To get the most value out of an energy audit, the auditor and owner should work together to devise the audit strategy. Especially in the case of campuses or large buildings with complex or varied systems, it’s easy to become overwhelmed by the sheer number of options at your disposal.

There are several types of energy audits and surveys that a building owner could employ. The most common and well regarded is the ASHRAE energy audit, which consists of three levels. Depending on the goals and desired outcomes identified in Step One, an owner can pursue any of the three audit levels available to them. The right level energy audit will provide the right balance between audit cost and the value of the audit.

Bubble Diagram of ASHRAE Energy Audit Levels
Fig. 1 – from “Procedures for Commercial Building Energy Audits, 2nd Edition”

The diagram in Fig. 1 shows the different levels of effort and their relationship to each other, starting with a Preliminary Energy-Use Analysis (PEA). As the diagram moves from the bottom upwards, it shows an increasing level of effort and increasing initial cost. The best choice depends on the desired outcomes and can range in detail from one level to the next:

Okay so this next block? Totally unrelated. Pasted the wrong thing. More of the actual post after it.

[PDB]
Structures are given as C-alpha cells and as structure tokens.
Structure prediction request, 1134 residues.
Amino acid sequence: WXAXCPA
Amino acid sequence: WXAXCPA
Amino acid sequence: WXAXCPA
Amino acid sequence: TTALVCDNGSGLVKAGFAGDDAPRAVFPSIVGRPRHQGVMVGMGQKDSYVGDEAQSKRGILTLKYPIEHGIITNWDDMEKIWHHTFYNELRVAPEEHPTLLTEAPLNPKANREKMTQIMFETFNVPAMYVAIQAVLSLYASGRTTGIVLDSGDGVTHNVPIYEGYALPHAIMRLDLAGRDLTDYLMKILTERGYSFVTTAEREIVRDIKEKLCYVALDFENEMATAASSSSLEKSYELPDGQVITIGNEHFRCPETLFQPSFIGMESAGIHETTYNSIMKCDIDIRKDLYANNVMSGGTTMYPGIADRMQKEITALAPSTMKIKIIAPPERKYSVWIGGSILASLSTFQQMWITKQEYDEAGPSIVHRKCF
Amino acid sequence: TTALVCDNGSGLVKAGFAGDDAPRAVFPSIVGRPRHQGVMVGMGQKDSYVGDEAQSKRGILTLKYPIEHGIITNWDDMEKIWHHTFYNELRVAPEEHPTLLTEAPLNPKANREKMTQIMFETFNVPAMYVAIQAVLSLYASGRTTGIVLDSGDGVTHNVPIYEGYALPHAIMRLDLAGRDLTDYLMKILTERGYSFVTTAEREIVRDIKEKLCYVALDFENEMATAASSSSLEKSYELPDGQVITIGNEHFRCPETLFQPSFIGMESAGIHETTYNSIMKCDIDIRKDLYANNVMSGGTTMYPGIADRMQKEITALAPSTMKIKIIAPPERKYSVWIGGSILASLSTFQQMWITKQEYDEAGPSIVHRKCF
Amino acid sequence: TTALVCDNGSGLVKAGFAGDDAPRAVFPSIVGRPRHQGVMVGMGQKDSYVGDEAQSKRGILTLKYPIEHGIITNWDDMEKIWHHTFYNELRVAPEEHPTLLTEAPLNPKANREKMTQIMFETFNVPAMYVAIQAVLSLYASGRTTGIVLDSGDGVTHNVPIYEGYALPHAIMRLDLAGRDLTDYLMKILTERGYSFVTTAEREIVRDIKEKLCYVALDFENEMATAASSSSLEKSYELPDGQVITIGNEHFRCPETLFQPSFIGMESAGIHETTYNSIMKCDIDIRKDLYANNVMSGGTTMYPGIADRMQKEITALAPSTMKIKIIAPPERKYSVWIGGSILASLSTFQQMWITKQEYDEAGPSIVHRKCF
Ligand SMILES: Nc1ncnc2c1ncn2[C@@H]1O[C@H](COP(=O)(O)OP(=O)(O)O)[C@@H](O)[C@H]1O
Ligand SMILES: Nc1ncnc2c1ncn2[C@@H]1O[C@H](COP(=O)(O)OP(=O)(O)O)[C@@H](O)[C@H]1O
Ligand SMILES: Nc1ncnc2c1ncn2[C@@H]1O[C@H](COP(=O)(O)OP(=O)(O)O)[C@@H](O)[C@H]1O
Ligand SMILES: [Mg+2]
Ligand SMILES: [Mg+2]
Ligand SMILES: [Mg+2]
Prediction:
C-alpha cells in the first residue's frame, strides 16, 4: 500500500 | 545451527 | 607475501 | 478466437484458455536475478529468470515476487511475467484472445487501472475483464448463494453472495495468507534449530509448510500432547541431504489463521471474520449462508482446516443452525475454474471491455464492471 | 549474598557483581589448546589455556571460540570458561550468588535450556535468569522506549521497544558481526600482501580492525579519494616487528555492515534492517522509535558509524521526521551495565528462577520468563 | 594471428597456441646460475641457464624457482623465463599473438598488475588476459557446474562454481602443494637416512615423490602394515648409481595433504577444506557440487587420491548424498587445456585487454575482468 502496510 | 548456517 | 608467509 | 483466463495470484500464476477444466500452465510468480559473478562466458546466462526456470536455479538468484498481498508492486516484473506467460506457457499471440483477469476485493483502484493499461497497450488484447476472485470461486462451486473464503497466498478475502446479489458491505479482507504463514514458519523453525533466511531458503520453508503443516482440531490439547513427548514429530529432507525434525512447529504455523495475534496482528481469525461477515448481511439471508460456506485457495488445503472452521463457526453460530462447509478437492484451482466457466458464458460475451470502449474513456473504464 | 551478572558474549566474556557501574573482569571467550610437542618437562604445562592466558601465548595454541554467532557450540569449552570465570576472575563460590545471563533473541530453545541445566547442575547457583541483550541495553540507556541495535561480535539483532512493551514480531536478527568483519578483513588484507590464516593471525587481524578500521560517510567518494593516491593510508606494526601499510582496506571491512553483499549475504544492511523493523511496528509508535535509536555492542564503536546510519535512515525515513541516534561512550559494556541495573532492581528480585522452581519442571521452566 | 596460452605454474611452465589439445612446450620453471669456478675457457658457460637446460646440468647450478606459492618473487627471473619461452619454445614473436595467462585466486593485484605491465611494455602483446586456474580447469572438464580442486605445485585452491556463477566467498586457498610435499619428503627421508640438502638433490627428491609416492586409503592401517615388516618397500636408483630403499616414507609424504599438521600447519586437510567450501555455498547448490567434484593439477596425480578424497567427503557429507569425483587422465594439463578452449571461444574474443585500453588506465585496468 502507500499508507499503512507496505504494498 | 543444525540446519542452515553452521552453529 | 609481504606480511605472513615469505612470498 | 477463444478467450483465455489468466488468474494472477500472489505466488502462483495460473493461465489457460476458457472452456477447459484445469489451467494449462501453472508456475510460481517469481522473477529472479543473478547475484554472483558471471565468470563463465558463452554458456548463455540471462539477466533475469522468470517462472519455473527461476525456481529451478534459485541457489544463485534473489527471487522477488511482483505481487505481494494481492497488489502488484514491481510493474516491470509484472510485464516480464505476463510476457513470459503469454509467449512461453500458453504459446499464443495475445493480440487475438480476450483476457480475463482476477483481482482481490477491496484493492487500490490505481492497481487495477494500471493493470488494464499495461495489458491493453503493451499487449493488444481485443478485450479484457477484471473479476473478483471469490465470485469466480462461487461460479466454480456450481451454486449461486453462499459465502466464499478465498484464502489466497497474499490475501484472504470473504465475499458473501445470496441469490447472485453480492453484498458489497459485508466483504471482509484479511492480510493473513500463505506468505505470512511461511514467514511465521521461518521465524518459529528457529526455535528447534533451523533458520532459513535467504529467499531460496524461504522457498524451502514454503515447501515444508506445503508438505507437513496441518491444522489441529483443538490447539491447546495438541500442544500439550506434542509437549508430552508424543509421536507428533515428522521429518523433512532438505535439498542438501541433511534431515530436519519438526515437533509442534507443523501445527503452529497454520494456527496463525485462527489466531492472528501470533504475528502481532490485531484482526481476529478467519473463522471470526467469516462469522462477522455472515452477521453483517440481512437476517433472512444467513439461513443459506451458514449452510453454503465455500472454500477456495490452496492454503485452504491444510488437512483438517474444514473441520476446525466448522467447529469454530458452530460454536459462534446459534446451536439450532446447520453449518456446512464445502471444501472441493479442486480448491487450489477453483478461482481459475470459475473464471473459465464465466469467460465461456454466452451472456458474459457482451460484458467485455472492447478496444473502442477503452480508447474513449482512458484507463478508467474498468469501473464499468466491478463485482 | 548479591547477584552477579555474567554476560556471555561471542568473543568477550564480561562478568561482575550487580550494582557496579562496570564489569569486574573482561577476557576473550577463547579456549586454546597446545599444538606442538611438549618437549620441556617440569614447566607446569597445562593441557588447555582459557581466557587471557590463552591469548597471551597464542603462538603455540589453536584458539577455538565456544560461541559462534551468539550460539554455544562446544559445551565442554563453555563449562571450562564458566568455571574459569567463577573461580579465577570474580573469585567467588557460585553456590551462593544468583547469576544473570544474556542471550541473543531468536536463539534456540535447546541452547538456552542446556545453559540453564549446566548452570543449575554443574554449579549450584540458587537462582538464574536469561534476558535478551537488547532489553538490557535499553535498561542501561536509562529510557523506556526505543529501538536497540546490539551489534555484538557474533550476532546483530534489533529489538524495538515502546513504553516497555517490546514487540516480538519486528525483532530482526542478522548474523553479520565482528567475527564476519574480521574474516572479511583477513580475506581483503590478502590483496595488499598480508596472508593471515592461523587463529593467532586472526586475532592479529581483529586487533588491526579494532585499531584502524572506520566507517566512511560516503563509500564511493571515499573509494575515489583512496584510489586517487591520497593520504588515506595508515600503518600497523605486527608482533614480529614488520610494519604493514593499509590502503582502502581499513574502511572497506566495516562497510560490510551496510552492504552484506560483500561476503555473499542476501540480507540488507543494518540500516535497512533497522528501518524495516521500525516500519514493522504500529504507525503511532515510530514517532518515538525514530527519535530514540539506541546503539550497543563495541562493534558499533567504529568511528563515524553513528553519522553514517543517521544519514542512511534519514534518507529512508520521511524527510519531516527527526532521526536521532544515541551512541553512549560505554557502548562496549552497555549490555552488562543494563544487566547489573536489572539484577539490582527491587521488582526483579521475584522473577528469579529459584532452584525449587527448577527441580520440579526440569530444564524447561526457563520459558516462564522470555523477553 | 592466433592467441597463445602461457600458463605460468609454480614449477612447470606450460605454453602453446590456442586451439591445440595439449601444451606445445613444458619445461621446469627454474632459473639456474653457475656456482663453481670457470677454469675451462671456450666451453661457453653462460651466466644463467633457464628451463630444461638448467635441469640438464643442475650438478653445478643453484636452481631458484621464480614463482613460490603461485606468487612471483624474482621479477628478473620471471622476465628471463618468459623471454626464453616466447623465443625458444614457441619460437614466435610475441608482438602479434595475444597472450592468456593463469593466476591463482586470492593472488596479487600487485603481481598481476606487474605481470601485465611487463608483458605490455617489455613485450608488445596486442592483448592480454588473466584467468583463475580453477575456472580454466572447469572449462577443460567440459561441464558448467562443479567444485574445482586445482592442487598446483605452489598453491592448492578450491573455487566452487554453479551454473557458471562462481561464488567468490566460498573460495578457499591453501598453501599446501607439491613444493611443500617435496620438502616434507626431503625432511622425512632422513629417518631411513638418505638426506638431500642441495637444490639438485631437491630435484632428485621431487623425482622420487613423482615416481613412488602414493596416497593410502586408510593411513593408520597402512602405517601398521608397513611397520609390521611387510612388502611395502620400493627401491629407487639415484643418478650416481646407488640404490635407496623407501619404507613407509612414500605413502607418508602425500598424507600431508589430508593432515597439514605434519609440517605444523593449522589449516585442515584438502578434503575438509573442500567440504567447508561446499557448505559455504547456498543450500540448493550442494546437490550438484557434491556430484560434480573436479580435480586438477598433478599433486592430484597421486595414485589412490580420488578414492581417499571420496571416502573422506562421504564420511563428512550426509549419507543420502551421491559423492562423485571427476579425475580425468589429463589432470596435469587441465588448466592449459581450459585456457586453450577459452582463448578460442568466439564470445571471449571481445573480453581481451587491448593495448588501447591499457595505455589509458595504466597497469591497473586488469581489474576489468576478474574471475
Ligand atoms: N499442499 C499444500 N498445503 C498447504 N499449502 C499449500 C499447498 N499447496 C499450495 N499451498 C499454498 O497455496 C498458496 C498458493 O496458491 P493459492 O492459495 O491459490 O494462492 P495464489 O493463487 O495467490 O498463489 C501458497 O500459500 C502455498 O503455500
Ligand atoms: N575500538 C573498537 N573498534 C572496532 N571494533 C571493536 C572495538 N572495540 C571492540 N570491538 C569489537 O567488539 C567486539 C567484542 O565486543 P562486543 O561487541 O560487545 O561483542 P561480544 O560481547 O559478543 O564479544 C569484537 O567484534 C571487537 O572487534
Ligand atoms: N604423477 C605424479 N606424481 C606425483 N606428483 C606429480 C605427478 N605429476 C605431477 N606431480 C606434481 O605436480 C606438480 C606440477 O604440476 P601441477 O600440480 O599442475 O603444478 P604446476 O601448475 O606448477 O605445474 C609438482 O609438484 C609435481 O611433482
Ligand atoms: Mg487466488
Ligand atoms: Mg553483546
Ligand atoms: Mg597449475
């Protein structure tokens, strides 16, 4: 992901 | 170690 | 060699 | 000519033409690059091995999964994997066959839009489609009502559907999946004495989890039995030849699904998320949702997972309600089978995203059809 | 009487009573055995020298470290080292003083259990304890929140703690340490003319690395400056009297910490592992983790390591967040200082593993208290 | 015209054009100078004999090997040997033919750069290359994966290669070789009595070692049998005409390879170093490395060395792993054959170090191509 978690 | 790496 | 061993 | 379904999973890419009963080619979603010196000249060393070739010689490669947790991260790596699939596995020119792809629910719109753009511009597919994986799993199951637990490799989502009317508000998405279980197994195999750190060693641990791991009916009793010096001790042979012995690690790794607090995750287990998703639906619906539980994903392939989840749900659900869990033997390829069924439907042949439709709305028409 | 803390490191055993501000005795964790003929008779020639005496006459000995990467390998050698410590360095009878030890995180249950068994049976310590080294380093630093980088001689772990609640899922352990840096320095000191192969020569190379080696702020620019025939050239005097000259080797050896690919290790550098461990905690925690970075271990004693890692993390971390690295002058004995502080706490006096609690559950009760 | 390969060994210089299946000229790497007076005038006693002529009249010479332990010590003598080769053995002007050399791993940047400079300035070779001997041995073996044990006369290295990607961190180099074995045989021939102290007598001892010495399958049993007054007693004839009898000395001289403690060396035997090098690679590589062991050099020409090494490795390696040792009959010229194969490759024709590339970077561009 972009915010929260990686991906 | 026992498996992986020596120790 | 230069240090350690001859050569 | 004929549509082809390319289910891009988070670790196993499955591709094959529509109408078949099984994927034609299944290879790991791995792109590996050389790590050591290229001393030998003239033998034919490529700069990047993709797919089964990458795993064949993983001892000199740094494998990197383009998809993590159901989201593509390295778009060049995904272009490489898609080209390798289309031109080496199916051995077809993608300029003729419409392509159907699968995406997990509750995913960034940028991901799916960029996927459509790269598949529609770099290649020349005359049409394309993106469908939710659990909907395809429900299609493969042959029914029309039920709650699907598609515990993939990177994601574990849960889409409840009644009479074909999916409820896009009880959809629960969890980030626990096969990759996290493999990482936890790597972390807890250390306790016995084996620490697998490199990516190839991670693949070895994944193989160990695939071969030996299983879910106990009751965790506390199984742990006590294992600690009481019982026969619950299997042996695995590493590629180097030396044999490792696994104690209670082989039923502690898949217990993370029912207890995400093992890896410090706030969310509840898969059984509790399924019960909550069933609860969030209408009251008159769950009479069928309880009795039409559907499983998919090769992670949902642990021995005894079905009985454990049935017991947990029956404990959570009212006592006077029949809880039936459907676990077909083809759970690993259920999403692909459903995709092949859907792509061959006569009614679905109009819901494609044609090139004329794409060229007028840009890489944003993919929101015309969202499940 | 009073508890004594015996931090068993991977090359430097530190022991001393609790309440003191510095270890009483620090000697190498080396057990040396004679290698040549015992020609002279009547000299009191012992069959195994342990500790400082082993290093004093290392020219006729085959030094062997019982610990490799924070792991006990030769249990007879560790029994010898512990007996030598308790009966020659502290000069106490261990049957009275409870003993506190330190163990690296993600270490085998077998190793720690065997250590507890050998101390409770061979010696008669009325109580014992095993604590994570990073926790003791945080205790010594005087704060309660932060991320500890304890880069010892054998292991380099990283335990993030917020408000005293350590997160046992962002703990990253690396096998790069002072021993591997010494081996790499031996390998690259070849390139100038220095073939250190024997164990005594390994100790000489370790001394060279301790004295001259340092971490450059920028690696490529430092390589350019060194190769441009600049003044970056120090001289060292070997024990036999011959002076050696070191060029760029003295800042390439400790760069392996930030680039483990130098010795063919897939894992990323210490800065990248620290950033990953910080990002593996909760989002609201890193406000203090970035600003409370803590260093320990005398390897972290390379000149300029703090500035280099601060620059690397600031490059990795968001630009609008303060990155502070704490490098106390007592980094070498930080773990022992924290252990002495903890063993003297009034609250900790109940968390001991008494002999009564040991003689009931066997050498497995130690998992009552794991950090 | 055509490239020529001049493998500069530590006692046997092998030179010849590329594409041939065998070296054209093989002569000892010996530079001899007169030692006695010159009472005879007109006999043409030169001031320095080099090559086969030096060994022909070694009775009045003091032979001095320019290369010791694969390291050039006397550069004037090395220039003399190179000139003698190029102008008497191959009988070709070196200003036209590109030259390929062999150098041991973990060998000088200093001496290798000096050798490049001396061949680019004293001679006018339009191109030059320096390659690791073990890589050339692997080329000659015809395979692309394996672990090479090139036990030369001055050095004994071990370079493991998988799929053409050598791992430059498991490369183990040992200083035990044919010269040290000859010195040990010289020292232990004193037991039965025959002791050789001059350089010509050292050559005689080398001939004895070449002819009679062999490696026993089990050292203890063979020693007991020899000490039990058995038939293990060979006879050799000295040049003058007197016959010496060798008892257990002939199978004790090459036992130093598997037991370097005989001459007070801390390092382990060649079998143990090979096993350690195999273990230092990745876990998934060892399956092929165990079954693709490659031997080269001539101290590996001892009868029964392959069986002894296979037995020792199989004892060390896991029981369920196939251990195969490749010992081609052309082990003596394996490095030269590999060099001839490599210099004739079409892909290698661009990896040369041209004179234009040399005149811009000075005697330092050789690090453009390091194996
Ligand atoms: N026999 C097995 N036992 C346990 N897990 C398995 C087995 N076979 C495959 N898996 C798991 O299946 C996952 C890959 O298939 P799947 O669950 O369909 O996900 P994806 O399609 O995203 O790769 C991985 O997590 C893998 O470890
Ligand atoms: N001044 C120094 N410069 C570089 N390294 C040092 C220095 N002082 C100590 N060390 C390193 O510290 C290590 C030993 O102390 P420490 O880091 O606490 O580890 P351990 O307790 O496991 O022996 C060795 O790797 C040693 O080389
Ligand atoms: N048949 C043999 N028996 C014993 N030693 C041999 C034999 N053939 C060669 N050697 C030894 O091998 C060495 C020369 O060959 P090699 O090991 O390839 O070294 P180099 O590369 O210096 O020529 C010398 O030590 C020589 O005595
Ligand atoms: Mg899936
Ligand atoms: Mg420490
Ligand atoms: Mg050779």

Step Three: Conducting the Audit

Each ASHRAE energy audit level offers a different set of tools for the owner, and each level can be used in different ways. A Level 1 energy audit can bring a lot of insight to a building lacking initial energy usage data, while Level 2 and 3 audits bring a more detailed analysis in the final report and more accurate estimates for ECMs. The energy audit levels can be used in different strategies or sequences to best fit a project. For example, an owner who is unsure whether they want to pay for the detail in the Level 2 audit, may opt for Level 1 initially. This provides an owner with more information to decide if they want to continue to a Level 2 audit.